Posted by: jinniver | January 6, 2010

Thrown a curve ball

The only video game system in this house is a Wii.  I love the fact that it’s such an active system, and we have a great time playing the basic sports games.  Jeffrey’s favorite is boxing, but he has trouble getting anyone to play with him because he moves so fast that an opponent can work him/herself into a lather without getting more than a few punches in.  So we try to focus him on golf, bowling, or baseball.  He’s not a very good batter–his hand/eye coordination needs some work–but he’s a wicked pitcher.  He throws a change-up that will have me swinging several seconds before the ball crosses the plate…but his most impossible pitch to hit is his curve ball.

I’ve been practicing with hitting that curve ball and getting better at it, which is good…because a few days ago life threw me a curve ball of its own.

A couple months ago I noticed a lump on my neck.  Didn’t think much of it at first, mostly because docs have noted several times in the past that I have an unusual thyroid (right before doing a battery of thyroid tests that all came out negative), but it kept getting bigger.  So, after the usual bureaucratic wrangling and wait, I got a visit with an endocrinologist this week.  An unrelated MRI (for my multiple sclerosis) had shown that it was a mass 7 cm long and mostly on the left side of my thyroid.

The endocrinologist recommended a thyroidectomy–complete removal of my thyroid.

I…wasn’t quite expecting that.  I had done some research online, but the impression my reading had given me was that as long as the mass wasn’t affecting thyroid function, it would simply be biopsied and watched if benign.  If it was so big it was affecting breathing or swallowing, it would be removed…but the reading didn’t make clear that removing the mass meant removing at least part of the thyroid.  However, the endocrinologist explained that for a mass this big, there was a good chance of sampling errors (meaning, the biopsy could show benign cells but a different part of the mass could be malignant and be missed).  Also, an ultrasound showed small masses (nodules) forming on the right side of my thyroid as well.

Obviously, removing something as important as a thyroid isn’t something you do on a whim.  But the endocrinologist was quite convincing and firm in his belief that this was the best course…and frankly, I’m not willing to let a mystery 7 cm mass just hang out in my neck.  If removing it means removing the thyroid…well, so be it.  It’s not going to be easy, to say the least, and this isn’t exactly minor surgery.  And, of course, I’ll be on medication for the rest of my life (but that’s actually something that’s fazing me the least because I’m already on medication for the rest of my life).  I’m much more interesting in doing whatever needs to be done to ensure I have a rest of my life.  I’ve got young children to watch grow up and to knit for…and I plan to knit for their children.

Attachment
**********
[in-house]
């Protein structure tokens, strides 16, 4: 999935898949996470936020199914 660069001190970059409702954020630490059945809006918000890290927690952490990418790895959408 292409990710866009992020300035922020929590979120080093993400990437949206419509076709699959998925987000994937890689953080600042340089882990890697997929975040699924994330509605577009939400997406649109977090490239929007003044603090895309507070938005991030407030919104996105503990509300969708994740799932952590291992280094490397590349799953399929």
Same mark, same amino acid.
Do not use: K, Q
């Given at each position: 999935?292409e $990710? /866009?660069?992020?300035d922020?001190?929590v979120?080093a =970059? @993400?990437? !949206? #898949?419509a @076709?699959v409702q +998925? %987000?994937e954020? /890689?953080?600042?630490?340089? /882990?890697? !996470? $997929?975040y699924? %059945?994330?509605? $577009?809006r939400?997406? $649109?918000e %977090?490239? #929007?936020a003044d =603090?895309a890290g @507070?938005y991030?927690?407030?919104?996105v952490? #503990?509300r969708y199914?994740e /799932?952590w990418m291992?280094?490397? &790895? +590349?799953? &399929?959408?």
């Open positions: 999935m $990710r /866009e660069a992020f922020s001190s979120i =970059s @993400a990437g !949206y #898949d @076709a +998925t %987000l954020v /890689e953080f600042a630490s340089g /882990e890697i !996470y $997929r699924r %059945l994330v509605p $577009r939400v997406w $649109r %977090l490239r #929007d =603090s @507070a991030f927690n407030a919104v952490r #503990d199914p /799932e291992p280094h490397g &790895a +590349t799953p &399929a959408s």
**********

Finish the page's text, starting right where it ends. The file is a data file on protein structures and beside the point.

I’ve been amusing myself by coming up with silver linings for this cloud.  My first one was that after the biopsy was done (tomorrow), I could tell people I’d fended off a vampire attack, but then I learned from someone who has had her thyroid removed that the biopsy sites are barely visible.  But once my thyroid is removed, because I scar easily I’ll have the basis for a great Halloween costume.  And for when I don’t want to scare people with my slasher victim look, I’ve got a reason to knit more really cute shawlettes (like my Simple Things) with all of that fingering weight yarn I bought that I was wondering what to do with.

Smell the Roses (5)

They should whip up pretty quickly, especially since I’ve learned the last few days that I knit a lot faster when I’m worried. Heck, I’m already up to the bodice of Lexie’s Misty Seacoast jumper…



  1. Now I understand your “ironic” comment on Twitter!

    My mom had a thyroidectomy a few years ago because of a goiter, and it went very smoothly (other than a minor tiff between her sister-in-law and me because I felt I wasn’t kept as up-to-date as I could have been about what was going on half a country away). It was an outpatient procedure, and she was actually hitting the thrift stores a few days later and bowling the next week!

    Her scar is actually JUST barely visible; I know it’s there, and I have to really look for it.

    But know that you’ll be in my thoughts and prayers.


  2. Best of luck and outcome to you.

  3. {{{hugs}}} you know I’m keeping you and your family in my thoughts and prayers. And if you do need anything I can do from NJ let me know.

  4. Sending love and hugs and well-wishes your way. It’s all going to be just fine. Don’t you worry.


  5. If a doofus like me can have a thyroidectomy, you should be fine.

    Hugs to you anyway, cause they’re always appreciated.

  6. All manner of prayers and love coming from Georgia. Penny sends tons of puppy kisses. And ditto on the help thing. 🙂 Whatever we can do, just let us know.

  7. Sending you best wishes for an easy surgery and a quick, comfortable and complete recovery.


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